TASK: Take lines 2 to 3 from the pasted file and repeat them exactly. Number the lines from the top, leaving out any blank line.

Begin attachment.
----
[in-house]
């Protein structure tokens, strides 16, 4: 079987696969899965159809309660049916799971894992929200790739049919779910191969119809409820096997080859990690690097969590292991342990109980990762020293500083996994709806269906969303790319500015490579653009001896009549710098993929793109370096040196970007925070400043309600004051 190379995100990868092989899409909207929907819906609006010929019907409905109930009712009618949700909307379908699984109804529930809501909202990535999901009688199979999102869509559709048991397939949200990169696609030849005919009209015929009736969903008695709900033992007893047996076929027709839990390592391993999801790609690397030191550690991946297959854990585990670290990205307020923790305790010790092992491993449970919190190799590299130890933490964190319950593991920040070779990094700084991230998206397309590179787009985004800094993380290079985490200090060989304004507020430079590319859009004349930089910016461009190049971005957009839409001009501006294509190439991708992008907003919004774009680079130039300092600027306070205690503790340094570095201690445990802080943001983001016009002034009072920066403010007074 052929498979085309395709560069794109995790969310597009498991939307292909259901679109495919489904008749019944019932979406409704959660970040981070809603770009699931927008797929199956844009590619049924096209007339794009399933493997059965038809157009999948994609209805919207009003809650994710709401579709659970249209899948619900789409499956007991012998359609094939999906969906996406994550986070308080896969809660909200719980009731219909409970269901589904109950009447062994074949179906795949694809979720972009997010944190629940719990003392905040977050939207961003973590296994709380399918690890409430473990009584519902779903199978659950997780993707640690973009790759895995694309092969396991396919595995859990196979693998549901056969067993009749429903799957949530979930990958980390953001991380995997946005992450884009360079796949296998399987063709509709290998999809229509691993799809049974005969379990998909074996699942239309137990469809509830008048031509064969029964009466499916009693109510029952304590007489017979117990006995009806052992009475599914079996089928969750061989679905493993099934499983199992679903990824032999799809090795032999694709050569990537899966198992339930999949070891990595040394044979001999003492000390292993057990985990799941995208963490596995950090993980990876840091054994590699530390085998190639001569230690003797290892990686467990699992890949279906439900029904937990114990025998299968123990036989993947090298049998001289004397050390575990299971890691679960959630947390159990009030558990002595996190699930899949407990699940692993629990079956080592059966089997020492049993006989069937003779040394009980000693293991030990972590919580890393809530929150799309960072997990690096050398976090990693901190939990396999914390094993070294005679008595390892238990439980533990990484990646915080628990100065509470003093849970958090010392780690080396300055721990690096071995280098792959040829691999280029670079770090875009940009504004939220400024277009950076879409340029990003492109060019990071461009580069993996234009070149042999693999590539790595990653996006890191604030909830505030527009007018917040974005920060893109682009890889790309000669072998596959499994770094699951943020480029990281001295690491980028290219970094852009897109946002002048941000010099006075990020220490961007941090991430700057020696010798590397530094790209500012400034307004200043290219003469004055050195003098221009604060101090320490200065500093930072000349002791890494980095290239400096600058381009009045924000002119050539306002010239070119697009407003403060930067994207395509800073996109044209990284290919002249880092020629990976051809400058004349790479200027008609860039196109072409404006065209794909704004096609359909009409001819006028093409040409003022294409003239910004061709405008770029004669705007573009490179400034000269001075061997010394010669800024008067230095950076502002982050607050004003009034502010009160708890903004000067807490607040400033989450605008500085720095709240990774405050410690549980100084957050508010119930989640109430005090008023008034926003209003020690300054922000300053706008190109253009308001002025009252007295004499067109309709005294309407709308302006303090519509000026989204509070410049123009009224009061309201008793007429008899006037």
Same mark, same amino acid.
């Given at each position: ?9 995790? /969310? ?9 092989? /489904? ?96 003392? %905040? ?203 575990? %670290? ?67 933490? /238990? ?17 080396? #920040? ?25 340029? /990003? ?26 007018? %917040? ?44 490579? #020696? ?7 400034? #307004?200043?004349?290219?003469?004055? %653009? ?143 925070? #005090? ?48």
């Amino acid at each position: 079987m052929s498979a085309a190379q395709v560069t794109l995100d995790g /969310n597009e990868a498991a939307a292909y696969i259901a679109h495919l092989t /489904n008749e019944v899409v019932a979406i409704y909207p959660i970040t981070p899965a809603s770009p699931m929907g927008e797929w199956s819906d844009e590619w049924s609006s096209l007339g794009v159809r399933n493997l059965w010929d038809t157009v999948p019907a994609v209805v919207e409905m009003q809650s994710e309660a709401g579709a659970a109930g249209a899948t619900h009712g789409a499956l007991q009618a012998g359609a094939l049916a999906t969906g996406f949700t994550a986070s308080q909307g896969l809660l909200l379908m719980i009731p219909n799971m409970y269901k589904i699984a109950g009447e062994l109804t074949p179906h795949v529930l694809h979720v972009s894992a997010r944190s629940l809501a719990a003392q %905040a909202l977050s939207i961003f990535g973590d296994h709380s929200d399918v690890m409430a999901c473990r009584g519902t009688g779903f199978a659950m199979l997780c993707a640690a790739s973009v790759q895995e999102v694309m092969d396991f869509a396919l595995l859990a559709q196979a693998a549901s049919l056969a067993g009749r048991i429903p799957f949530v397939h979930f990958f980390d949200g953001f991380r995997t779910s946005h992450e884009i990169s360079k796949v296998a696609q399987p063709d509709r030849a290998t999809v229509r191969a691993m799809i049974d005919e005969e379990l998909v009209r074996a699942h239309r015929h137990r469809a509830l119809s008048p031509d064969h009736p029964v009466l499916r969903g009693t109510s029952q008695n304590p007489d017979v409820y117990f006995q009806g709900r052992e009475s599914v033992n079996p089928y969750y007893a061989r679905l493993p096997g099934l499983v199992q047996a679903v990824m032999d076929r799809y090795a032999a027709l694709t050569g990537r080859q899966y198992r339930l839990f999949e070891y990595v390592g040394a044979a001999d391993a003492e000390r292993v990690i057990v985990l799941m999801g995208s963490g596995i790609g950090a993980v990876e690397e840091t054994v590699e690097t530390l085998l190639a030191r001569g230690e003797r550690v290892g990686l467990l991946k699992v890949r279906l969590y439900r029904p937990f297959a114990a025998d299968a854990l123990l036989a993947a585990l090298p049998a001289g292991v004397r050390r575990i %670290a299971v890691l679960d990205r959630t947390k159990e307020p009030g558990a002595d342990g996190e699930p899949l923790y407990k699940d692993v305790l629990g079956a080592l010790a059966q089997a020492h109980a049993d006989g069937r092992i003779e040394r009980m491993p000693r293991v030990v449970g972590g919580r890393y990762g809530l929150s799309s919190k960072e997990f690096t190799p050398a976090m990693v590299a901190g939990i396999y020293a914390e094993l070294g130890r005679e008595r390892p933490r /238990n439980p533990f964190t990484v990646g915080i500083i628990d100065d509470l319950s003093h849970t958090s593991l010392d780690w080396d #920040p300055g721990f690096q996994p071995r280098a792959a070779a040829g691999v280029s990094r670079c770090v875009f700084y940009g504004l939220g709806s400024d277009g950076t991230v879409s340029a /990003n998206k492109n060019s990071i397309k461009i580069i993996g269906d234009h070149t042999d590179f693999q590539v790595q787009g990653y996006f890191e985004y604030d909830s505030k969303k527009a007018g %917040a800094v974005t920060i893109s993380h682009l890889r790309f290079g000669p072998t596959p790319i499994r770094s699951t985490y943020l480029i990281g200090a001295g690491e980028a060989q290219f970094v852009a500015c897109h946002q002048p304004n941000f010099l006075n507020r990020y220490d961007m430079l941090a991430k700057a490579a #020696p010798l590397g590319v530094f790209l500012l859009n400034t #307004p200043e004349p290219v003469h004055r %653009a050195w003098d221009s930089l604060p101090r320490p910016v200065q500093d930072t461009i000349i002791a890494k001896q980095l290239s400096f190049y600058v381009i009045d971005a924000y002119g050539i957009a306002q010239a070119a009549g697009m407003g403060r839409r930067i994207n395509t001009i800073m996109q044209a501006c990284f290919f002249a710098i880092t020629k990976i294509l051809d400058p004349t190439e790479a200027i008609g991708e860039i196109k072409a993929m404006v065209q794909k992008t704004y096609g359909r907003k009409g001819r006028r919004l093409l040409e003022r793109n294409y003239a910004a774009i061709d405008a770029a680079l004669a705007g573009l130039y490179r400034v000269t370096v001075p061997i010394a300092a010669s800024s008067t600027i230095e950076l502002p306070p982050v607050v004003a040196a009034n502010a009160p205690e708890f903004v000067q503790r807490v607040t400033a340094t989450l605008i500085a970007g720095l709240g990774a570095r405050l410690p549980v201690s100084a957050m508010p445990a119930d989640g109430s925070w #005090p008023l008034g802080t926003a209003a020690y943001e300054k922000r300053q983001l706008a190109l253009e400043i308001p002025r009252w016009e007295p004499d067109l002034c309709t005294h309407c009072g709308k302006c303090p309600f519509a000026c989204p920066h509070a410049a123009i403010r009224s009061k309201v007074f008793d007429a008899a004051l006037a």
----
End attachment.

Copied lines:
């Protein structure tokens, strides 16, 4: 079987696969899965159809309660049916799971894992929200790739049919779910191969119809409820096997080859990690690097969590292991342990109980990762020293500083996994709806269906969303790319500015490579653009001896009549710098993929793109370096040196970007925070400043309600004051 190379995100990868092989899409909207929907819906609006010929019907409905109930009712009618949700909307379908699984109804529930809501909202990535999901009688199979999102869509559709048991397939949200990169696609030849005919009209015929009736969903008695709900033992007893047996076929027709839990390592391993999801790609690397030191550690991946297959854990585990670290990205307020923790305790010790092992491993449970919190190799590299130890933490964190319950593991920040070779990094700084991230998206397309590179787009985004800094993380290079985490200090060989304004507020430079590319859009004349930089910016461009190049971005957009839409001009501006294509190439991708992008907003919004774009680079130039300092600027306070205690503790340094570095201690445990802080943001983001016009002034009072920066403010007074 052929498979085309395709560069794109995790969310597009498991939307292909259901679109495919489904008749019944019932979406409704959660970040981070809603770009699931927008797929199956844009590619049924096209007339794009399933493997059965038809157009999948994609209805919207009003809650994710709401579709659970249209899948619900789409499956007991012998359609094939999906969906996406994550986070308080896969809660909200719980009731219909409970269901589904109950009447062994074949179906795949694809979720972009997010944190629940719990003392905040977050939207961003973590296994709380399918690890409430473990009584519902779903199978659950997780993707640690973009790759895995694309092969396991396919595995859990196979693998549901056969067993009749429903799957949530979930990958980390953001991380995997946005992450884009360079796949296998399987063709509709290998999809229509691993799809049974005969379990998909074996699942239309137990469809509830008048031509064969029964009466499916009693109510029952304590007489017979117990006995009806052992009475599914079996089928969750061989679905493993099934499983199992679903990824032999799809090795032999694709050569990537899966198992339930999949070891990595040394044979001999003492000390292993057990985990799941995208963490596995950090993980990876840091054994590699530390085998190639001569230690003797290892990686467990699992890949279906439900029904937990114990025998299968123990036989993947090298049998001289004397050390575990299971890691679960959630947390159990009030558990002595996190699930899949407990699940692993629990079956080592059966089997020492049993006989069937003779040394009980000693293991030990972590919580890393809530929150799309960072997990690096050398976090990693901190939990396999914390094993070294005679008595390892238990439980533990990484990646915080628990100065509470003093849970958090010392780690080396300055721990690096071995280098792959040829691999280029670079770090875009940009504004939220400024277009950076879409340029990003492109060019990071461009580069993996234009070149042999693999590539790595990653996006890191604030909830505030527009007018917040974005920060893109682009890889790309000669072998596959499994770094699951943020480029990281001295690491980028290219970094852009897109946002002048941000010099006075990020220490961007941090991430700057020696010798590397530094790209500012400034307004200043290219003469004055050195003098221009604060101090320490200065500093930072000349002791890494980095290239400096600058381009009045924000002119050539306002010239070119697009407003403060930067994207395509800073996109044209990284290919002249880092020629990976051809400058004349790479200027008609860039196109072409404006065209794909704004096609359909009409001819006028093409040409003022294409003239910004061709405008770029004669705007573009490179400034000269001075061997010394010669800024008067230095950076502002982050607050004003009034502010009160708890903004000067807490607040400033989450605008500085720095709240990774405050410690549980100084957050508010119930989640109430005090008023008034926003209003020690300054922000300053706008190109253009308001002025009252007295004499067109309709005294309407709308302006303090519509000026989204509070410049123009009224009061309201008793007429008899006037």
Same mark, same amino acid.